It might work for your friend for this particular operation, but if name is part of the key object's equals or hashCode implementation, the map's behavior is undefined. Generally, what this means in practice is that the map will behave unpredictably: entries that appear in the entrySet will not appear with map.get(key); you can't remove entries corrupted in this way. The map is corrupted. –  Louis Wasserman Jul 5 '12 at 16:23
    
@AdamPierzchała I can't say without seeing your friends code. –  Devon_C_Miller Jul 5 '12 at 16:33
    
Thank you very much, I'm accepting your answer as it was the first correct one. –  Adam Pierzchała Jul 9 '12 at 7:55
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Per the java.util.Map javadoc:

Note: great care must be exercised if mutable objects are used as map keys. The behavior of a map is not specified if the value of an object is changed in a manner that affects equals comparisons while the object is a key in the map.

In other words, maps aren't required to work correctly if you change the key objects in a way that affects how the keys will be indexed within the map.

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I'm answering myself, since my friend got better solution than anybody here before:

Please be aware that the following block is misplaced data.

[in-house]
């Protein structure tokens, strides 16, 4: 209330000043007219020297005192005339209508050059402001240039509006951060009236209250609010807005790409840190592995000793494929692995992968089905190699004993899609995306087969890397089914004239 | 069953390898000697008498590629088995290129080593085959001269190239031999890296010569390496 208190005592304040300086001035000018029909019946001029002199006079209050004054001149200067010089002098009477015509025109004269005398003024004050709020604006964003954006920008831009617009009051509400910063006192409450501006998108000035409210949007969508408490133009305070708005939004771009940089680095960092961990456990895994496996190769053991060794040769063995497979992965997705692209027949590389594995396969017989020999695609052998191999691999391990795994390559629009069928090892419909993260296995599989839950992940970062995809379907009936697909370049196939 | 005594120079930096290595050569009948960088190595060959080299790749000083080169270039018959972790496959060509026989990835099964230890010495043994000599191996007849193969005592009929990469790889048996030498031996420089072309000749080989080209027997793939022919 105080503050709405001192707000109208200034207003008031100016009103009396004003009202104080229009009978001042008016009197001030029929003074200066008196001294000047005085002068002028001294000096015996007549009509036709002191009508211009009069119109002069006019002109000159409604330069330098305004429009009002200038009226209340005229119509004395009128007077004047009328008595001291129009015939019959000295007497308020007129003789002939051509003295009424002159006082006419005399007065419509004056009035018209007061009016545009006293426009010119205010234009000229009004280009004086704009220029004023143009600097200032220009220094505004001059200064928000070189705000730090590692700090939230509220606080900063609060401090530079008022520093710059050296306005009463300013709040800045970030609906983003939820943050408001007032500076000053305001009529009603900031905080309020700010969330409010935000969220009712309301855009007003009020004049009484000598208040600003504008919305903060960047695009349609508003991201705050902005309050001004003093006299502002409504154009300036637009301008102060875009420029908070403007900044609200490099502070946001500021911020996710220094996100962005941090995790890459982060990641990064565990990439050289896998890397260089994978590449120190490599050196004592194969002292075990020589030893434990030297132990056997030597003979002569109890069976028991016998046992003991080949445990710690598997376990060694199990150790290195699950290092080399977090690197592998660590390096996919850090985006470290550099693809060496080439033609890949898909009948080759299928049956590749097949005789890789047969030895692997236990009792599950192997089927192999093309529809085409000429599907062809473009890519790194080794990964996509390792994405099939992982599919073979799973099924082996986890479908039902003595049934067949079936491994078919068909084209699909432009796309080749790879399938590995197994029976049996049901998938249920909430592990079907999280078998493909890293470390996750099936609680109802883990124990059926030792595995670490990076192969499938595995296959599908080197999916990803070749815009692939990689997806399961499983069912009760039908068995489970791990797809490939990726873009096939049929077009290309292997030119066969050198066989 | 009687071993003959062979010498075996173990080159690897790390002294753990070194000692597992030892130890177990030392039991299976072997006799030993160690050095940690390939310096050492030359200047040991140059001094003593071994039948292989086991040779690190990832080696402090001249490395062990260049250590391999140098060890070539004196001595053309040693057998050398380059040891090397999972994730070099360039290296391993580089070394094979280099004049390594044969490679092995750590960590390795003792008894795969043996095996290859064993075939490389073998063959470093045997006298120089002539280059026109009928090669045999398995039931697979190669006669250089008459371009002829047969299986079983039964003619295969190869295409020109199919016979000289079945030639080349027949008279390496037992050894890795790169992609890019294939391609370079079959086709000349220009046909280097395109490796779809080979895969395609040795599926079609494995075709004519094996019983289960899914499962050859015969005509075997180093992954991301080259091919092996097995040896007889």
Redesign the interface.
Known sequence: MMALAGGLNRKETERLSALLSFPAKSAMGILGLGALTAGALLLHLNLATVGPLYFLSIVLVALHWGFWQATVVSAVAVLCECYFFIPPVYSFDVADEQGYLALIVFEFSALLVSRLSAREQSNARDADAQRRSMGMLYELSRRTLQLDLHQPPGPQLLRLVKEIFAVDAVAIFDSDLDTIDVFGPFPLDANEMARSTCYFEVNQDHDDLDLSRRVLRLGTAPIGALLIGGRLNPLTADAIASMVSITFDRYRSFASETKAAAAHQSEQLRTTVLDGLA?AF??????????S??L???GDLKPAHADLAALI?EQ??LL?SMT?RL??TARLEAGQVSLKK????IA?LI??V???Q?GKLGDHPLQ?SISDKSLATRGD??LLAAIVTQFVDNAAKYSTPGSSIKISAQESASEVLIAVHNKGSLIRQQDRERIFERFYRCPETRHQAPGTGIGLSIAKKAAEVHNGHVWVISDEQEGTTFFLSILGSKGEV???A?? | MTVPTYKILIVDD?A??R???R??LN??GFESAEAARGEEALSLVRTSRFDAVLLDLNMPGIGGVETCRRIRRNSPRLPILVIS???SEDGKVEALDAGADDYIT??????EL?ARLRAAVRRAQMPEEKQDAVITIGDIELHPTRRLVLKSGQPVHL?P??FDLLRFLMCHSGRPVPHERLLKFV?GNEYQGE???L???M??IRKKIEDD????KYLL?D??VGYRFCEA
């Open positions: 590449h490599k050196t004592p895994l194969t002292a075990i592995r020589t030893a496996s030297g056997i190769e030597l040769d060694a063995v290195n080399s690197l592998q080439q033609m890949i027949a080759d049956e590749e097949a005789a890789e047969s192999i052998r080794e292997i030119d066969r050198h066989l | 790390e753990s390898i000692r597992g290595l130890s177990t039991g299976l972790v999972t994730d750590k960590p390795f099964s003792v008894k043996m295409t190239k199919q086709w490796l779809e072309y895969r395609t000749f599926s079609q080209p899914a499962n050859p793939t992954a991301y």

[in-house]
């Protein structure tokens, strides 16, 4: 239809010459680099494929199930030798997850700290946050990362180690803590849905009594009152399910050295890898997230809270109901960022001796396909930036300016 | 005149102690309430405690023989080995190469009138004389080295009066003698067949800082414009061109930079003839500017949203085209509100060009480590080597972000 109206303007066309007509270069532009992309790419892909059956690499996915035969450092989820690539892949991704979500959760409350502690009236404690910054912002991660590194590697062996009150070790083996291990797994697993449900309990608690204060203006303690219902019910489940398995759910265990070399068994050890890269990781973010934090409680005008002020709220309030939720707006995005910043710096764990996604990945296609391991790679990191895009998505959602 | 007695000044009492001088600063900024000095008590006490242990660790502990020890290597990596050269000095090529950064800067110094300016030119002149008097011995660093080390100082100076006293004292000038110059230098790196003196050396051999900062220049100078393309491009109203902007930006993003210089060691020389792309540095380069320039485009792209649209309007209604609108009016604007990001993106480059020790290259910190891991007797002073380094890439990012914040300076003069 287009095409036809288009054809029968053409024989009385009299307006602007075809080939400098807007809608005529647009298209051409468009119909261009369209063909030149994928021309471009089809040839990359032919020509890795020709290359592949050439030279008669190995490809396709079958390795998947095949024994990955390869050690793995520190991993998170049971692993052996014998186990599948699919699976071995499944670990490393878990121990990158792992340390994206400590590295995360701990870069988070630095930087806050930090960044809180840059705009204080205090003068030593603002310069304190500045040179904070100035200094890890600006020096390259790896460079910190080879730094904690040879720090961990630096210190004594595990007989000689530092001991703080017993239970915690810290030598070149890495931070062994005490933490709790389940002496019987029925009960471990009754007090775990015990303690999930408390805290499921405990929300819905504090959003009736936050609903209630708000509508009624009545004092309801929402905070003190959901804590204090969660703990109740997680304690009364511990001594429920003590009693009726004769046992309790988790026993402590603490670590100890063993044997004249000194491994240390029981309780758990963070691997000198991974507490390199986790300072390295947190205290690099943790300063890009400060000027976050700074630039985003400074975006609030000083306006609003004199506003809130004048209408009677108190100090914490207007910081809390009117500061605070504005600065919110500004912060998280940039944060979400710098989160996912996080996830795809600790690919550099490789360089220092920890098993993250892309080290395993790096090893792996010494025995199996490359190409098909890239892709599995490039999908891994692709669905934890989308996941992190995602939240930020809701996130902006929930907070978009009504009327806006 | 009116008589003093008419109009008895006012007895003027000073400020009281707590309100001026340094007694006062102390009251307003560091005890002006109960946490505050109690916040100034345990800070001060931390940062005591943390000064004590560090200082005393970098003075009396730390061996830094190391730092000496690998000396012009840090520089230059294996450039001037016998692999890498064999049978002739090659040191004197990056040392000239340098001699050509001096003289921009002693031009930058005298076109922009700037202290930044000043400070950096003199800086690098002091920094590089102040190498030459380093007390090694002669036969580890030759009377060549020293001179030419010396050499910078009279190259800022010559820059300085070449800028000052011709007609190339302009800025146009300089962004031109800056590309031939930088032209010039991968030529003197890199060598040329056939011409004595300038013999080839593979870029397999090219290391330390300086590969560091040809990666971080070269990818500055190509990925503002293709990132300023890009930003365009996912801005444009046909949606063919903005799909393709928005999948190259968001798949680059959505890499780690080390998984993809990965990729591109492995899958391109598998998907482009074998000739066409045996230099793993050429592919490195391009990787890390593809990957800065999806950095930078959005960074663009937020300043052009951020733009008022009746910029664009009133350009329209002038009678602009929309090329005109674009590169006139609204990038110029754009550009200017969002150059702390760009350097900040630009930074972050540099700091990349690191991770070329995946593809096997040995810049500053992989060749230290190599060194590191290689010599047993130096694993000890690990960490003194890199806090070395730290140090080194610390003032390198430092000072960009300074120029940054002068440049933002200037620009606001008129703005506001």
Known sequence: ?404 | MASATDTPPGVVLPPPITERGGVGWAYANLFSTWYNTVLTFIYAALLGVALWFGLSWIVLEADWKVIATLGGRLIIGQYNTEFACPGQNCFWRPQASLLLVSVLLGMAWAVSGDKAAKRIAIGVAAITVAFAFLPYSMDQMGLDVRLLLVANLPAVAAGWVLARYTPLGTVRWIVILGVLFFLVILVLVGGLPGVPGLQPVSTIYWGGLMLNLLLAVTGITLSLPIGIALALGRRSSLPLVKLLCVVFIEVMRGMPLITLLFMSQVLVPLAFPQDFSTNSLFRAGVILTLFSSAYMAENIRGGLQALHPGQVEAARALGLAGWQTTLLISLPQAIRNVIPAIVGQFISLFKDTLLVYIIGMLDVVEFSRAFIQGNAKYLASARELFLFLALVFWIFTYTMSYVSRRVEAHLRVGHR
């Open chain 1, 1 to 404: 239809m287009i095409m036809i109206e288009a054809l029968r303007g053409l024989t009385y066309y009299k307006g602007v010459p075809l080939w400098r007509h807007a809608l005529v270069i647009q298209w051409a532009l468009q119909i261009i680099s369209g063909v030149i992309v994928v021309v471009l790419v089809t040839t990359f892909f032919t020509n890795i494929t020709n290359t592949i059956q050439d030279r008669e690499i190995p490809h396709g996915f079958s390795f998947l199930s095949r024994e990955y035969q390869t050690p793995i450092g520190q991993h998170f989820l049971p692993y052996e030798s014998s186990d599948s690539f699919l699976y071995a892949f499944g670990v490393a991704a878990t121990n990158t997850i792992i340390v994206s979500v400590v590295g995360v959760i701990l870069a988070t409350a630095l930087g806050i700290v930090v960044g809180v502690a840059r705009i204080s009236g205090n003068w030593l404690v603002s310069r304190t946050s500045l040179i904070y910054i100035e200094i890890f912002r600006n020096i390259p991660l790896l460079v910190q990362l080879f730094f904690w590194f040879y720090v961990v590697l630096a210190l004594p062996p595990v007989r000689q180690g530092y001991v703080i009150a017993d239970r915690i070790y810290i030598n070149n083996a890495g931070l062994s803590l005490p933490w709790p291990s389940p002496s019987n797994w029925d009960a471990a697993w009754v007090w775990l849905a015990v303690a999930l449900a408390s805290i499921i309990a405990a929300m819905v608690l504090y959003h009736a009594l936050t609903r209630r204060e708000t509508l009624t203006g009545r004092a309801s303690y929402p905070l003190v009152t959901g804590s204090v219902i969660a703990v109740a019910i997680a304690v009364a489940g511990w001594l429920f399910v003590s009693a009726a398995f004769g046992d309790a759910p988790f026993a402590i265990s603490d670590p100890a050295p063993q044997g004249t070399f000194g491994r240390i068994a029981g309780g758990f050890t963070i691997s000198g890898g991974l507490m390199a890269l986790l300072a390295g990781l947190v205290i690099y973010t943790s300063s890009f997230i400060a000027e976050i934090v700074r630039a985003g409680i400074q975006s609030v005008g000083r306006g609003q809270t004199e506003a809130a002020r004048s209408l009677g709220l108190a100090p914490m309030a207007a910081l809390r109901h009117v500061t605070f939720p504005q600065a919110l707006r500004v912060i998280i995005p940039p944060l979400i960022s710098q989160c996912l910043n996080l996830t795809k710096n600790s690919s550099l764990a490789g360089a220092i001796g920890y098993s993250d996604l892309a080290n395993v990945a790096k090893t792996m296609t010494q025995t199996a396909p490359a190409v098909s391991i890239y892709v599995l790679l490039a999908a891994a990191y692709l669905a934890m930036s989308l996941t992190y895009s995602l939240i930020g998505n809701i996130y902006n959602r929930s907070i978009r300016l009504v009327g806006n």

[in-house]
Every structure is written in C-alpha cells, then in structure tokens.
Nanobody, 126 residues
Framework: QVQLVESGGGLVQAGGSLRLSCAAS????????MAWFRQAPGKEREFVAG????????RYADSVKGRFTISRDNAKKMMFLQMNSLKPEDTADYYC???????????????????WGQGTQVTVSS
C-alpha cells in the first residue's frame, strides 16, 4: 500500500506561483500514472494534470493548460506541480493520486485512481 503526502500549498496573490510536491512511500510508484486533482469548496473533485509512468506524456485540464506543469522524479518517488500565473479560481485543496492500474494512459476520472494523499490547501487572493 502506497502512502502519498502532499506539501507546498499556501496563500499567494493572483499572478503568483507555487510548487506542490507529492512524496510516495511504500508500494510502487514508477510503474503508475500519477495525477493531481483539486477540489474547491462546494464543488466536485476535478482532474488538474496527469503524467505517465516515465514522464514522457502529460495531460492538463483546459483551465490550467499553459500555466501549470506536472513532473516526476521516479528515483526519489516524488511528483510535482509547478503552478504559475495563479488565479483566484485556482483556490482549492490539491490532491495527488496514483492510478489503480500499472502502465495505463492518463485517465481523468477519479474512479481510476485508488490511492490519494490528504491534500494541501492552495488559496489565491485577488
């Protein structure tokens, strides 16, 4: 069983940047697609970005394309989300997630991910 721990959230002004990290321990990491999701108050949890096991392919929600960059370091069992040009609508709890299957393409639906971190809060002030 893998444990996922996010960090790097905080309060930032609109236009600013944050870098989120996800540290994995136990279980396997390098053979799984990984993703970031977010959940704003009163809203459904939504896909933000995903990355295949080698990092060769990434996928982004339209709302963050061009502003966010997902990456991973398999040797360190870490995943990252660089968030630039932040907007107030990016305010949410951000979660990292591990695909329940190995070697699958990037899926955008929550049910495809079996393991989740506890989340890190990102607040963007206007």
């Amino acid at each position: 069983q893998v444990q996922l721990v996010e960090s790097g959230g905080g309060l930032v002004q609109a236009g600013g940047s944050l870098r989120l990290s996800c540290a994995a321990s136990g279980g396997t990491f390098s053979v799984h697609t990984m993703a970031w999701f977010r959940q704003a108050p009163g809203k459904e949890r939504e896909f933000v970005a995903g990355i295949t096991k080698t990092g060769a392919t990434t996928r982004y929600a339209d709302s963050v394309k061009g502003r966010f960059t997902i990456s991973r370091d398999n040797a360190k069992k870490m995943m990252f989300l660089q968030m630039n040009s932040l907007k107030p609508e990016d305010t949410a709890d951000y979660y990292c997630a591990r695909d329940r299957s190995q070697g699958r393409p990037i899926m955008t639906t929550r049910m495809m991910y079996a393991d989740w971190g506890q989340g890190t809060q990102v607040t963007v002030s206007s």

for (Map.Entry<SubClass, String> entry: map.entrySet()) {
    System.out.println(entry.getKey().name);
    System.out.println(entry.getValue());

    entry.getKey().name = "another";

    System.out.println(entry.getKey().name);
    System.out.println(entry.getValue());
}

this will work :)

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1  
I doubt this will work. If SubClass.equals() or hashCode depends on name, then all this will do is corrupt the map and make its behavior essentially unpredictable. You should never modify key objects in a map, especially not in ways that affect their equals() or hashCode(). –  Louis Wasserman Jul 5 '12 at 16:18
    
Have you checked it? I checked and it works (for this simple example), why/when would it not work? –  Adam Pierzchała Jul 9 '12 at 7:46
    
ok, I've read @Kenster's answer - haven't noticed this before in javadocs. I'll change the implementation. –  Adam Pierzchała Jul 9 '12 at 7:52
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I believe i.name = "another" is changing the hashcode of the SubClass i object, that's why you get back a null value. The code will work if the hashcode function of Subclass does not use name.

And so when you call anotherMap.put(i, map.get(i)); you are really calling anotherMap.put(i, null);

The purpose of the HashMap is to perform lookups in O(1) time. That's why it takes the hashcode from SubClass i and does not update it. Your suggestion would require a lazy HashMap, but that would take O(n) time and defeat the purpose.

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Try with something like:

for(SubClass i : map.keySet()) {
    Object old = map.get(i);

    i.name="another";

    anotherMap.put(i, old);
}